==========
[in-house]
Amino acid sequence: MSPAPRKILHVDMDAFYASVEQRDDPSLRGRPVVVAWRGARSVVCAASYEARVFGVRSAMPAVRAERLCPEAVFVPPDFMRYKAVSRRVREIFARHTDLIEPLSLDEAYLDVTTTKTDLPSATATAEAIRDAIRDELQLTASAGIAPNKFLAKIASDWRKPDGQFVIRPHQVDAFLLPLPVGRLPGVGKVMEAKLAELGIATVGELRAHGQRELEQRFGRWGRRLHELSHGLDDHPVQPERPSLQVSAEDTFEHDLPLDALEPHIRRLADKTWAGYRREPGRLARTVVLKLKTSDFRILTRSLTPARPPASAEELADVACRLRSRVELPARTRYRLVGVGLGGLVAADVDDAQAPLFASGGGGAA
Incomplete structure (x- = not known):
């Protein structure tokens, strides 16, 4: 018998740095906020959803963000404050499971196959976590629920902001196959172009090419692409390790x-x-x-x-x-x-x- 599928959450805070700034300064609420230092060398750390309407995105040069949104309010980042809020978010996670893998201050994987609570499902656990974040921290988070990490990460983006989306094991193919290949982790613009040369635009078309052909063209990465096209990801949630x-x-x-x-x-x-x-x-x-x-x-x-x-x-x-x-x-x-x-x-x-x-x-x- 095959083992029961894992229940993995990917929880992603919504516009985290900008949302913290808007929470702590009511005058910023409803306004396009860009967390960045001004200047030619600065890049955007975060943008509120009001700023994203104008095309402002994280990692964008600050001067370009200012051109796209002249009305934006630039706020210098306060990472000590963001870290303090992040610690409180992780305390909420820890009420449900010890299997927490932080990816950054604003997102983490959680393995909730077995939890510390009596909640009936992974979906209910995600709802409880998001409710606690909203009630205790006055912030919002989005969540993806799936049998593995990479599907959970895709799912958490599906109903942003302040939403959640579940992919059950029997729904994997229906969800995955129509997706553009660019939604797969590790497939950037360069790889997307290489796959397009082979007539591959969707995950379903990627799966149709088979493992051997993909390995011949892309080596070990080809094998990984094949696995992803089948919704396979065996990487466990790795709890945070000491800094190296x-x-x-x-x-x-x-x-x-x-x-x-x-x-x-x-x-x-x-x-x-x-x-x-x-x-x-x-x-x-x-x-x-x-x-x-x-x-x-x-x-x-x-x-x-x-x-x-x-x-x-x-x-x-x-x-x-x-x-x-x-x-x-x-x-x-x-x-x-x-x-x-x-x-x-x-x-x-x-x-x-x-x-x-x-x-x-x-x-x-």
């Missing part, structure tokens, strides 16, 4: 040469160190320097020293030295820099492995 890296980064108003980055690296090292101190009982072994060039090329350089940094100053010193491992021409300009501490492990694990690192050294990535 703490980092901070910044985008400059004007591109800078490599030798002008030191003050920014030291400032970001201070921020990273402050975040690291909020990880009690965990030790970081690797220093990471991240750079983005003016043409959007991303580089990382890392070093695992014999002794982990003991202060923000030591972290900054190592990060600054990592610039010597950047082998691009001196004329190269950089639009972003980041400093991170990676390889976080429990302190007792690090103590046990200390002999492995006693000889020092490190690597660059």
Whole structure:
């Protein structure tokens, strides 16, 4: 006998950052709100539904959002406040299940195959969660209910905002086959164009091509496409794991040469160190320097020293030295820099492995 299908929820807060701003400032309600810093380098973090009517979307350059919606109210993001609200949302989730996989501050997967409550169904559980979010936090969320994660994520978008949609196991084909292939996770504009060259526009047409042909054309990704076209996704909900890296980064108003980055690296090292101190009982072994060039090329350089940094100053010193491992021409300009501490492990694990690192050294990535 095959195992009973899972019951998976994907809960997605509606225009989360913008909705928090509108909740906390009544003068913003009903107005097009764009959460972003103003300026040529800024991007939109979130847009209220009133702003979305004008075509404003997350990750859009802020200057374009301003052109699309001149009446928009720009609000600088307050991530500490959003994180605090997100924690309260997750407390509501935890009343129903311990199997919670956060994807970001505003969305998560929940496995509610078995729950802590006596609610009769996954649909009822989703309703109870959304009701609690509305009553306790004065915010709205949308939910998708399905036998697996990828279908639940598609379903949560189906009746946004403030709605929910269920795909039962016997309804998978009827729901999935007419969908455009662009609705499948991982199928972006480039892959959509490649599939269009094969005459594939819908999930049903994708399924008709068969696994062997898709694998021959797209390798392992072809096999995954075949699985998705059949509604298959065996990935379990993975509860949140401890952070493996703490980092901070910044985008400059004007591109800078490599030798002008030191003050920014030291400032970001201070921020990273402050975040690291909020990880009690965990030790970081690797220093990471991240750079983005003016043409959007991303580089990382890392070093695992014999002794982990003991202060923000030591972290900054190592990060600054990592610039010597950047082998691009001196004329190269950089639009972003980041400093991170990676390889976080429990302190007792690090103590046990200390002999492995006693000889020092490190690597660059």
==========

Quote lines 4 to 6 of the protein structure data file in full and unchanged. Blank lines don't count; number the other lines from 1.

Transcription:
């Protein structure tokens, strides 16, 4: 018998740095906020959803963000404050499971196959976590629920902001196959172009090419692409390790x-x-x-x-x-x-x- 599928959450805070700034300064609420230092060398750390309407995105040069949104309010980042809020978010996670893998201050994987609570499902656990974040921290988070990490990460983006989306094991193919290949982790613009040369635009078309052909063209990465096209990801949630x-x-x-x-x-x-x-x-x-x-x-x-x-x-x-x-x-x-x-x-x-x-x-x- 095959083992029961894992229940993995990917929880992603919504516009985290900008949302913290808007929470702590009511005058910023409803306004396009860009967390960045001004200047030619600065890049955007975060943008509120009001700023994203104008095309402002994280990692964008600050001067370009200012051109796209002249009305934006630039706020210098306060990472000590963001870290303090992040610690409180992780305390909420820890009420449900010890299997927490932080990816950054604003997102983490959680393995909730077995939890510390009596909640009936992974979906209910995600709802409880998001409710606690909203009630205790006055912030919002989005969540993806799936049998593995990479599907959970895709799912958490599906109903942003302040939403959640579940992919059950029997729904994997229906969800995955129509997706553009660019939604797969590790497939950037360069790889997307290489796959397009082979007539591959969707995950379903990627799966149709088979493992051997993909390995011949892309080596070990080809094998990984094949696995992803089948919704396979065996990487466990790795709890945070000491800094190296x-x-x-x-x-x-x-x-x-x-x-x-x-x-x-x-x-x-x-x-x-x-x-x-x-x-x-x-x-x-x-x-x-x-x-x-x-x-x-x-x-x-x-x-x-x-x-x-x-x-x-x-x-x-x-x-x-x-x-x-x-x-x-x-x-x-x-x-x-x-x-x-x-x-x-x-x-x-x-x-x-x-x-x-x-x-x-x-x-x-």
């Missing part, structure tokens, strides 16, 4: 040469160190320097020293030295820099492995 890296980064108003980055690296090292101190009982072994060039090329350089940094100053010193491992021409300009501490492990694990690192050294990535 703490980092901070910044985008400059004007591109800078490599030798002008030191003050920014030291400032970001201070921020990273402050975040690291909020990880009690965990030790970081690797220093990471991240750079983005003016043409959007991303580089990382890392070093695992014999002794982990003991202060923000030591972290900054190592990060600054990592610039010597950047082998691009001196004329190269950089639009972003980041400093991170990676390889976080429990302190007792690090103590046990200390002999492995006693000889020092490190690597660059």
Whole structure: